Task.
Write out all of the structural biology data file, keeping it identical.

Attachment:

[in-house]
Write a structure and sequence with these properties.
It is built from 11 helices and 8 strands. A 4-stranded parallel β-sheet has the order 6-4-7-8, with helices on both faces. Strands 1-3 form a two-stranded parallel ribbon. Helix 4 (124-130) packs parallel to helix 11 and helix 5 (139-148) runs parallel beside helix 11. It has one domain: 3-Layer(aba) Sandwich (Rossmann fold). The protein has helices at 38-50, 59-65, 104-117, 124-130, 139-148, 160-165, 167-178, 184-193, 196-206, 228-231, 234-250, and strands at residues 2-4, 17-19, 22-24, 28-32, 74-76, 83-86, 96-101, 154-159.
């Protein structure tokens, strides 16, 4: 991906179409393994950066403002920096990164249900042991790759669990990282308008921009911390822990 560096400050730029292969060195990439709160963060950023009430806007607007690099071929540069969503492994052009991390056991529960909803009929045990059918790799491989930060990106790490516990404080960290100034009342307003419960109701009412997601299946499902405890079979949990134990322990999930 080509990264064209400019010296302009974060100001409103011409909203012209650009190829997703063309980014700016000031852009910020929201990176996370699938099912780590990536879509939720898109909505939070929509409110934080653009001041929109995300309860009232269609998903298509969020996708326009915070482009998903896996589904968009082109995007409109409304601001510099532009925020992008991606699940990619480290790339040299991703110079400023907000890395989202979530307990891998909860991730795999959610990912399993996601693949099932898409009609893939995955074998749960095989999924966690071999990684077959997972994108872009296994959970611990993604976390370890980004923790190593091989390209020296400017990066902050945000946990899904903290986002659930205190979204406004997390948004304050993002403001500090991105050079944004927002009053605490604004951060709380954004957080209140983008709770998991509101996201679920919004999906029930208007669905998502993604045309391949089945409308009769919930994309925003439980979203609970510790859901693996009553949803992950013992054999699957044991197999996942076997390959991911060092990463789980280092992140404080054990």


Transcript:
[in-house]
Write a structure and sequence with these properties.
It is built from 11 helices and 8 strands. A 4-stranded parallel β-sheet has the order 6-4-7-8, with helices on both faces. Strands 1-3 form a two-stranded parallel ribbon. Helix 4 (124-130) packs parallel to helix 11 and helix 5 (139-148) runs parallel beside helix 11. It has one domain: 3-Layer(aba) Sandwich (Rossmann fold). The protein has helices at 38-50, 59-65, 104-117, 124-130, 139-148, 160-165, 167-178, 184-193, 196-206, 228-231, 234-250, and strands at residues 2-4, 17-19, 22-24, 28-32, 74-76, 83-86, 96-101, 154-159.
């Protein structure tokens, strides 16, 4: 991906179409393994950066403002920096990164249900042991790759669990990282308008921009911390822990 560096400050730029292969060195990439709160963060950023009430806007607007690099071929540069969503492994052009991390056991529960909803009929045990059918790799491989930060990106790490516990404080960290100034009342307003419960109701009412997601299946499902405890079979949990134990322990999930 080509990264064209400019010296302009974060100001409103011409909203012209650009190829997703063309980014700016000031852009910020929201990176996370699938099912780590990536879509939720898109909505939070929509409110934080653009001041929109995300309860009232269609998903298509969020996708326009915070482009998903896996589904968009082109995007409109409304601001510099532009925020992008991606699940990619480290790339040299991703110079400023907000890395989202979530307990891998909860991730795999959610990912399993996601693949099932898409009609893939995955074998749960095989999924966690071999990684077959997972994108872009296994959970611990993604976390370890980004923790190593091989390209020296400017990066902050945000946990899904903290986002659930205190979204406004997390948004304050993002403001500090991105050079944004927002009053605490604004951060709380954004957080209140983008709770998991509101996201679920919004999906029930208007669905998502993604045309391949089945409308009769919930994309925003439980979203609970510790859901693996009553949803992950013992054999699957044991197999996942076997390959991911060092990463789980280092992140404080054990």